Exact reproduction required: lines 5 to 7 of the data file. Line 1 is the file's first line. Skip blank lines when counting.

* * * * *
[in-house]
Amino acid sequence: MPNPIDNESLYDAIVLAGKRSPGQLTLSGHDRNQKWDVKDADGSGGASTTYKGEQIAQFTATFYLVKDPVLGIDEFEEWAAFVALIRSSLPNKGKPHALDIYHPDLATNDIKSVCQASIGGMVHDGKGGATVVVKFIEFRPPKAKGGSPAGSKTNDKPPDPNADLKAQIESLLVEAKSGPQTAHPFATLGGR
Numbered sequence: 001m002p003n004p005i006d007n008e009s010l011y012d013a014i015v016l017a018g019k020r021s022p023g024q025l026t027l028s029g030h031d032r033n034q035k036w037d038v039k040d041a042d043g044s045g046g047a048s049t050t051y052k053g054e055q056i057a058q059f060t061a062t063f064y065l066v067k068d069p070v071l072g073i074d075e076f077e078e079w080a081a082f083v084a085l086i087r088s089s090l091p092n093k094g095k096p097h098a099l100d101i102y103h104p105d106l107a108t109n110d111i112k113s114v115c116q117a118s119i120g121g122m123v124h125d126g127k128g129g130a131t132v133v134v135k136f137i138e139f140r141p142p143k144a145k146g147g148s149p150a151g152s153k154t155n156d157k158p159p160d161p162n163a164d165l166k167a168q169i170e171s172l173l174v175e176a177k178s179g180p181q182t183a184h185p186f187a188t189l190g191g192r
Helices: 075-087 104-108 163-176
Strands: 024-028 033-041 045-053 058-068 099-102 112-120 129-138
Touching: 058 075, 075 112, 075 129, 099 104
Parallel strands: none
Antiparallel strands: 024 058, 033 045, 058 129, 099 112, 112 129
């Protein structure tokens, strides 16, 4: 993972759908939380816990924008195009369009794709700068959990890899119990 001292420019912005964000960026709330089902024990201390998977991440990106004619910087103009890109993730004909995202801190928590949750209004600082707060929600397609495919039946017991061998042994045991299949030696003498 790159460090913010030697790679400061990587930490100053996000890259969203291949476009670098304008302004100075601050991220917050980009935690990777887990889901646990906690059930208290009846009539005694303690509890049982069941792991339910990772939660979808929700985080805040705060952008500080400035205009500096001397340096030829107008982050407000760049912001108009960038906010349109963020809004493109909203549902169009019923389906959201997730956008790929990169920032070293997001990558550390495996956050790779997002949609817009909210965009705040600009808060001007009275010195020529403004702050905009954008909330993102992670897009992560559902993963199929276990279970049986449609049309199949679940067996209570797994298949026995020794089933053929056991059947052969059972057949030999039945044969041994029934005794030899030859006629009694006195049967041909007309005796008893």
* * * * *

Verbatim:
Strands: 024-028 033-041 045-053 058-068 099-102 112-120 129-138
Touching: 058 075, 075 112, 075 129, 099 104
Parallel strands: none